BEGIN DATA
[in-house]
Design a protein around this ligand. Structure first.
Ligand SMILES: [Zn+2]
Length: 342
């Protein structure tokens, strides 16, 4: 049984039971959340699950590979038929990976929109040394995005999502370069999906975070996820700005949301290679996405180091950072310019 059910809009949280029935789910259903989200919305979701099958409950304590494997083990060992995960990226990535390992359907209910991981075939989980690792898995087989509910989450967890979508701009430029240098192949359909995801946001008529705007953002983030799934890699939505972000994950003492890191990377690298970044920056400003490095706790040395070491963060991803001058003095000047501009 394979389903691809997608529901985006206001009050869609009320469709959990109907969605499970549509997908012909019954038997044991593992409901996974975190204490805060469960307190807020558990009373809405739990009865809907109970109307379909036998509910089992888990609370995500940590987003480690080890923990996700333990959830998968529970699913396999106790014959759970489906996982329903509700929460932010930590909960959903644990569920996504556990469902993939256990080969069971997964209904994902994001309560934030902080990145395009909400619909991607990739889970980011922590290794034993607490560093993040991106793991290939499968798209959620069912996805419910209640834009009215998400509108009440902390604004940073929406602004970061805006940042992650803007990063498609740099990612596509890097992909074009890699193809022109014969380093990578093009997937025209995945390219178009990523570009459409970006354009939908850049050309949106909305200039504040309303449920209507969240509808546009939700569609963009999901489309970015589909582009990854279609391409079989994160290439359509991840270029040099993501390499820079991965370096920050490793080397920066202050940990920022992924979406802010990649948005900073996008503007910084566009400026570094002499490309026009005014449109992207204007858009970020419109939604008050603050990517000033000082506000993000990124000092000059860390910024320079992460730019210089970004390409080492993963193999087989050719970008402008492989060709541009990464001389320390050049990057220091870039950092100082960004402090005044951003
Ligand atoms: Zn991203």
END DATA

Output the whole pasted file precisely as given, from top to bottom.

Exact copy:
[in-house]
Design a protein around this ligand. Structure first.
Ligand SMILES: [Zn+2]
Length: 342
């Protein structure tokens, strides 16, 4: 049984039971959340699950590979038929990976929109040394995005999502370069999906975070996820700005949301290679996405180091950072310019 059910809009949280029935789910259903989200919305979701099958409950304590494997083990060992995960990226990535390992359907209910991981075939989980690792898995087989509910989450967890979508701009430029240098192949359909995801946001008529705007953002983030799934890699939505972000994950003492890191990377690298970044920056400003490095706790040395070491963060991803001058003095000047501009 394979389903691809997608529901985006206001009050869609009320469709959990109907969605499970549509997908012909019954038997044991593992409901996974975190204490805060469960307190807020558990009373809405739990009865809907109970109307379909036998509910089992888990609370995500940590987003480690080890923990996700333990959830998968529970699913396999106790014959759970489906996982329903509700929460932010930590909960959903644990569920996504556990469902993939256990080969069971997964209904994902994001309560934030902080990145395009909400619909991607990739889970980011922590290794034993607490560093993040991106793991290939499968798209959620069912996805419910209640834009009215998400509108009440902390604004940073929406602004970061805006940042992650803007990063498609740099990612596509890097992909074009890699193809022109014969380093990578093009997937025209995945390219178009990523570009459409970006354009939908850049050309949106909305200039504040309303449920209507969240509808546009939700569609963009999901489309970015589909582009990854279609391409079989994160290439359509991840270029040099993501390499820079991965370096920050490793080397920066202050940990920022992924979406802010990649948005900073996008503007910084566009400026570094002499490309026009005014449109992207204007858009970020419109939604008050603050990517000033000082506000993000990124000092000059860390910024320079992460730019210089970004390409080492993963193999087989050719970008402008492989060709541009990464001389320390050049990057220091870039950092100082960004402090005044951003
Ligand atoms: Zn991203």